A Downing Street reception for school teachers hosted by the prime minister last month was an “ideological love-in” at which staff from academies and free schools outnumbered those from maintained schools five to one.
Theresa May and Damian Hinds welcomed more than 100 “high-performing” teachers to Number 10 on May 21 for a celebration of their “hard work and dedication”.
But the guest list shows that 80 per cent of attendees were from mainstream academies, despite the fact academies make up just 35 per cent of schools nationally. Just 15 per cent of invitees teach in mainstream local maintained schools.
The PM should have a fairer cross-section of schools at her receptions
The Department for Education claims invitees were nominated by school leaders and MPs, and has denied any suggestion of bias.
But Mike Kane, the shadow schools minister, accused Downing Street of hosting an “ideological love-in”, and one union leader said the government was on the defensive over its education policies.
“The PM should have a fairer cross-section of schools at her receptions,” Kane told Schools Week.
“I don’t think it’s representative of the school system at all,” agreed Dr Mary Bousted, the joint general secretary of the National Education Union. “It’s an example of a government in ever-decreasing circles talking to their friends in schools, and it appears you can only really be friends if you’re an academy.”
Bousted said that by hand-picking whom ministers meet, the government will avoid hearing “difficult stories about how schools are struggling”.
“If you only ever get to talk to your supporters, the danger is that you only hear what you want to hear,” she said.
But Mark Lehain, the director of the New Schools Network, who attended the event, defended the government, and welcomed the move to celebrate teachers. Hinds, he said, has made a “big deal” of his support for a “diverse” school system.
“It’s so easy to forget that places like Downing Street and Whitehall belong to us,” he added. “Events like this are lovely for teachers, and the more they do the better.”
Teachers from 134 schools were invited. They include staff from 107 mainstream academies, 20 community, voluntary-aided and foundation schools, three special schools, one alternative provision academy and one sixth-form college. Schools Week was unable to obtain school type data for two schools on the guest list because several schools share their names.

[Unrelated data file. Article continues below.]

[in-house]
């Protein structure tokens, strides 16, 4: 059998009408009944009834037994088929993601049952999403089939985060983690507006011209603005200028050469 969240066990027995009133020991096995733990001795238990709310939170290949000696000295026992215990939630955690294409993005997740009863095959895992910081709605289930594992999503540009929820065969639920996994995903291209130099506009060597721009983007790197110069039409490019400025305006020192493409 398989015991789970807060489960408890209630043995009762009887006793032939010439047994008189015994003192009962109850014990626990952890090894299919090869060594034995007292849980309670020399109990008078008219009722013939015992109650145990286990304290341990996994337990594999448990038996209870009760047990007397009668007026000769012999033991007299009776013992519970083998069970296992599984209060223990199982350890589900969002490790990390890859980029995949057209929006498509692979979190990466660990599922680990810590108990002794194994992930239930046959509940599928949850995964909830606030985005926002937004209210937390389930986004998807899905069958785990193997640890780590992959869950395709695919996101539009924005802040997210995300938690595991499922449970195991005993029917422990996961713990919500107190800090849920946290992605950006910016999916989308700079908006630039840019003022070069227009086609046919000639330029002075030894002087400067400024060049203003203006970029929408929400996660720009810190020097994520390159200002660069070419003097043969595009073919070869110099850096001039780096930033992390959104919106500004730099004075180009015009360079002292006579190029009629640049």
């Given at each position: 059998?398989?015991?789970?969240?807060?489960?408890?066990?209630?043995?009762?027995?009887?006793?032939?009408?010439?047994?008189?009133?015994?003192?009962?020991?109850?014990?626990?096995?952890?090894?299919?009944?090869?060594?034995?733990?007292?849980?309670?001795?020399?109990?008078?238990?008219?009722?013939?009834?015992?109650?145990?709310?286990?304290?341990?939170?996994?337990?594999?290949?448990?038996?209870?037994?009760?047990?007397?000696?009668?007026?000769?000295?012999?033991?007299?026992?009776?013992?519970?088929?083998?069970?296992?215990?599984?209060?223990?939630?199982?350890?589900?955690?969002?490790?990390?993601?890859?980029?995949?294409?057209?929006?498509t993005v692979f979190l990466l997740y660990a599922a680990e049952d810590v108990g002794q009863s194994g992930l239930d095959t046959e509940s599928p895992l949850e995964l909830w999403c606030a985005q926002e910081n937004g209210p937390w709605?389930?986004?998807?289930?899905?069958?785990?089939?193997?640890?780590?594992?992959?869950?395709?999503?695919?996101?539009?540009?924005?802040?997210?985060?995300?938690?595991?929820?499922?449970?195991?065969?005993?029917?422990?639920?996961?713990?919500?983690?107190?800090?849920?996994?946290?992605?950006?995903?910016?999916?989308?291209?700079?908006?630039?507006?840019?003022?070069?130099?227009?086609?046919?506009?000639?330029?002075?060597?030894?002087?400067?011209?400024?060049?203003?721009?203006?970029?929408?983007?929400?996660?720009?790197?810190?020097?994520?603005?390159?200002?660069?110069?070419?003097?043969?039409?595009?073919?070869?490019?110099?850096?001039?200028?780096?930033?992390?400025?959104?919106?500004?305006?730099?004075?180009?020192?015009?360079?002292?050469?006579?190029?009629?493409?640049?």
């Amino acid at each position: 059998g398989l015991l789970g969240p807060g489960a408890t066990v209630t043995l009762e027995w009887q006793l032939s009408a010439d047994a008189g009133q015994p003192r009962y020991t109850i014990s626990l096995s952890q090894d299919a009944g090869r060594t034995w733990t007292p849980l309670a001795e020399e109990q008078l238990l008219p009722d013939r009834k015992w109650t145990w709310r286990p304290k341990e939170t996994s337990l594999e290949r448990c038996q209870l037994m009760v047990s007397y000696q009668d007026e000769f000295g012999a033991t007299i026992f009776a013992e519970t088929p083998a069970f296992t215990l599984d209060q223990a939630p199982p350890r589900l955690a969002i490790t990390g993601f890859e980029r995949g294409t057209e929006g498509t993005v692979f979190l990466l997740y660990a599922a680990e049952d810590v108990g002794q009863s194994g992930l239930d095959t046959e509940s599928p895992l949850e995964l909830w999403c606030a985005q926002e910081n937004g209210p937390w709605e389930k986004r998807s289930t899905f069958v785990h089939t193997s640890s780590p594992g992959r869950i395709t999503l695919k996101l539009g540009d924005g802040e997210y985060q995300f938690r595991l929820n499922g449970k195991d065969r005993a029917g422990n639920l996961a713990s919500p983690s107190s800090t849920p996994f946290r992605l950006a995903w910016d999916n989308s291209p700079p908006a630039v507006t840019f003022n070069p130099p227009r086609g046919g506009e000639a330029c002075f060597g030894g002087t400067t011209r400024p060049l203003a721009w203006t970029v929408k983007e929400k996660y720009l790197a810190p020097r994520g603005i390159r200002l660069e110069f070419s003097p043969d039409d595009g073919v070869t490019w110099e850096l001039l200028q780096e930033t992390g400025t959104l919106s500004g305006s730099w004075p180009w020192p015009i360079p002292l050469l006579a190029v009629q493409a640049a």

There were 61 primary schools, 63 secondary schools, seven all-through schools, one post-16 institution and one special school which admits pupils aged seven to 16.
At their last inspection, 62 of the schools represented at the reception were ‘outstanding’, 57 were ‘good’ and five were ‘requires improvement’. Just one ‘inadequate’ school was on the list.
Of the schools represented, 30 are in London, 27 are in the midlands and 23 are in the south-east. 15 schools in Yorkshire and the Humber were invited, as were 12 in the north-west, 10 in the south-west, nine in the north east and four in the east.
Guests included staff from several academies with close links to the government, like West London Free School, set up by ex-NSN director Toby Young, and Michaela Community School, which was co-founded by the Brexit minister Suella Braverman.
Charter Academy, the controversial Great Yarmouth school run by academies minister Lord Agnew’s Inspiration Trust, was also on the list, as were King Soloman Academy and Reach Feltham, two schools regularly lauded by ministers.
A DfE spokesperson said the government is “very proud of our diverse school system and the great teachers working hard to improve education for every child”.
“Any suggestion of bias is simply untrue,” he added.